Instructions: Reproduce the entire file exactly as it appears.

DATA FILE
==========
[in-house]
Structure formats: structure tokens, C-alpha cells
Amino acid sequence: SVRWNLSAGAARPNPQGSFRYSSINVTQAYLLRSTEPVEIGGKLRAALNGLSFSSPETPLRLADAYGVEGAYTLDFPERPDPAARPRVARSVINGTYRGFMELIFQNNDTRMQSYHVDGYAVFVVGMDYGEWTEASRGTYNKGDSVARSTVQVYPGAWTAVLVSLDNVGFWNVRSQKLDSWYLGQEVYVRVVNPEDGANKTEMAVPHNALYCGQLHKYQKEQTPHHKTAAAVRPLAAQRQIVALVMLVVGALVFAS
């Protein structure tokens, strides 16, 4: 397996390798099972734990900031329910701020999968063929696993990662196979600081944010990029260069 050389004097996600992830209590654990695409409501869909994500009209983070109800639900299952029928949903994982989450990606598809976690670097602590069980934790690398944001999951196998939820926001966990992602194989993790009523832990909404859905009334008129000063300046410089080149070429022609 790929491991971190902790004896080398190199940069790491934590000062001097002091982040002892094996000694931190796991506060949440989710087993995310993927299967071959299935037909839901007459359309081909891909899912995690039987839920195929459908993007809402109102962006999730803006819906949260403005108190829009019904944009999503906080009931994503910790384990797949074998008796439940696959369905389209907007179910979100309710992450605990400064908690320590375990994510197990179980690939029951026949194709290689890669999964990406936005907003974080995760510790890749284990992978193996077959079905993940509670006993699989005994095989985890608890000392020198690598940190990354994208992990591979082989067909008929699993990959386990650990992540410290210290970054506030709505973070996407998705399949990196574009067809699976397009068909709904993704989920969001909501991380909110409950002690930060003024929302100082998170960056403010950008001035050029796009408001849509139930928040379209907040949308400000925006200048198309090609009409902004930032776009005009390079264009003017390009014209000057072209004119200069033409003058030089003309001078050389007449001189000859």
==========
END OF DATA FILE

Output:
[in-house]
Structure formats: structure tokens, C-alpha cells
Amino acid sequence: SVRWNLSAGAARPNPQGSFRYSSINVTQAYLLRSTEPVEIGGKLRAALNGLSFSSPETPLRLADAYGVEGAYTLDFPERPDPAARPRVARSVINGTYRGFMELIFQNNDTRMQSYHVDGYAVFVVGMDYGEWTEASRGTYNKGDSVARSTVQVYPGAWTAVLVSLDNVGFWNVRSQKLDSWYLGQEVYVRVVNPEDGANKTEMAVPHNALYCGQLHKYQKEQTPHHKTAAAVRPLAAQRQIVALVMLVVGALVFAS
């Protein structure tokens, strides 16, 4: 397996390798099972734990900031329910701020999968063929696993990662196979600081944010990029260069 050389004097996600992830209590654990695409409501869909994500009209983070109800639900299952029928949903994982989450990606598809976690670097602590069980934790690398944001999951196998939820926001966990992602194989993790009523832990909404859905009334008129000063300046410089080149070429022609 790929491991971190902790004896080398190199940069790491934590000062001097002091982040002892094996000694931190796991506060949440989710087993995310993927299967071959299935037909839901007459359309081909891909899912995690039987839920195929459908993007809402109102962006999730803006819906949260403005108190829009019904944009999503906080009931994503910790384990797949074998008796439940696959369905389209907007179910979100309710992450605990400064908690320590375990994510197990179980690939029951026949194709290689890669999964990406936005907003974080995760510790890749284990992978193996077959079905993940509670006993699989005994095989985890608890000392020198690598940190990354994208992990591979082989067909008929699993990959386990650990992540410290210290970054506030709505973070996407998705399949990196574009067809699976397009068909709904993704989920969001909501991380909110409950002690930060003024929302100082998170960056403010950008001035050029796009408001849509139930928040379209907040949308400000925006200048198309090609009409902004930032776009005009390079264009003017390009014209000057072209004119200069033409003058030089003309001078050389007449001189000859």